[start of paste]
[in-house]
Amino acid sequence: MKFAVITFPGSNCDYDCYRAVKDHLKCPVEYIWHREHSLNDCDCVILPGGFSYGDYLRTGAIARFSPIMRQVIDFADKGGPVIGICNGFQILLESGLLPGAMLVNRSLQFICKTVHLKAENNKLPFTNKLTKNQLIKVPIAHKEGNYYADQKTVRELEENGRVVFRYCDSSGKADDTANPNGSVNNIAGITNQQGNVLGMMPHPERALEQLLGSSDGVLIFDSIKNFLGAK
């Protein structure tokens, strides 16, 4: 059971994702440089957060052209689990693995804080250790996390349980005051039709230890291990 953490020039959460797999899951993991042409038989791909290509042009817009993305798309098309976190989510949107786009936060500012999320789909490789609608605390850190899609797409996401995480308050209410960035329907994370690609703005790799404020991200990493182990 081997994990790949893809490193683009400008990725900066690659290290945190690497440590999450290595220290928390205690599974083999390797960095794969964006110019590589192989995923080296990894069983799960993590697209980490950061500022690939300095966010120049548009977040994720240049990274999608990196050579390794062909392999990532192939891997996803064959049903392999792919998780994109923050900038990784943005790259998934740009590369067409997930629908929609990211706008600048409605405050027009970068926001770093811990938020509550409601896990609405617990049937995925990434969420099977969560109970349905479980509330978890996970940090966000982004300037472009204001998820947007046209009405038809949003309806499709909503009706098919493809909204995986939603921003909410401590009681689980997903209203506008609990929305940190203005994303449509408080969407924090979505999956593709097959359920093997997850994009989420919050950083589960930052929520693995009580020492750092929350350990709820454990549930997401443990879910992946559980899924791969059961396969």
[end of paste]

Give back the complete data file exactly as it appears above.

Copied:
[in-house]
Amino acid sequence: MKFAVITFPGSNCDYDCYRAVKDHLKCPVEYIWHREHSLNDCDCVILPGGFSYGDYLRTGAIARFSPIMRQVIDFADKGGPVIGICNGFQILLESGLLPGAMLVNRSLQFICKTVHLKAENNKLPFTNKLTKNQLIKVPIAHKEGNYYADQKTVRELEENGRVVFRYCDSSGKADDTANPNGSVNNIAGITNQQGNVLGMMPHPERALEQLLGSSDGVLIFDSIKNFLGAK
């Protein structure tokens, strides 16, 4: 059971994702440089957060052209689990693995804080250790996390349980005051039709230890291990 953490020039959460797999899951993991042409038989791909290509042009817009993305798309098309976190989510949107786009936060500012999320789909490789609608605390850190899609797409996401995480308050209410960035329907994370690609703005790799404020991200990493182990 081997994990790949893809490193683009400008990725900066690659290290945190690497440590999450290595220290928390205690599974083999390797960095794969964006110019590589192989995923080296990894069983799960993590697209980490950061500022690939300095966010120049548009977040994720240049990274999608990196050579390794062909392999990532192939891997996803064959049903392999792919998780994109923050900038990784943005790259998934740009590369067409997930629908929609990211706008600048409605405050027009970068926001770093811990938020509550409601896990609405617990049937995925990434969420099977969560109970349905479980509330978890996970940090966000982004300037472009204001998820947007046209009405038809949003309806499709909503009706098919493809909204995986939603921003909410401590009681689980997903209203506008609990929305940190203005994303449509408080969407924090979505999956593709097959359920093997997850994009989420919050950083589960930052929520693995009580020492750092929350350990709820454990549930997401443990879910992946559980899924791969059961396969």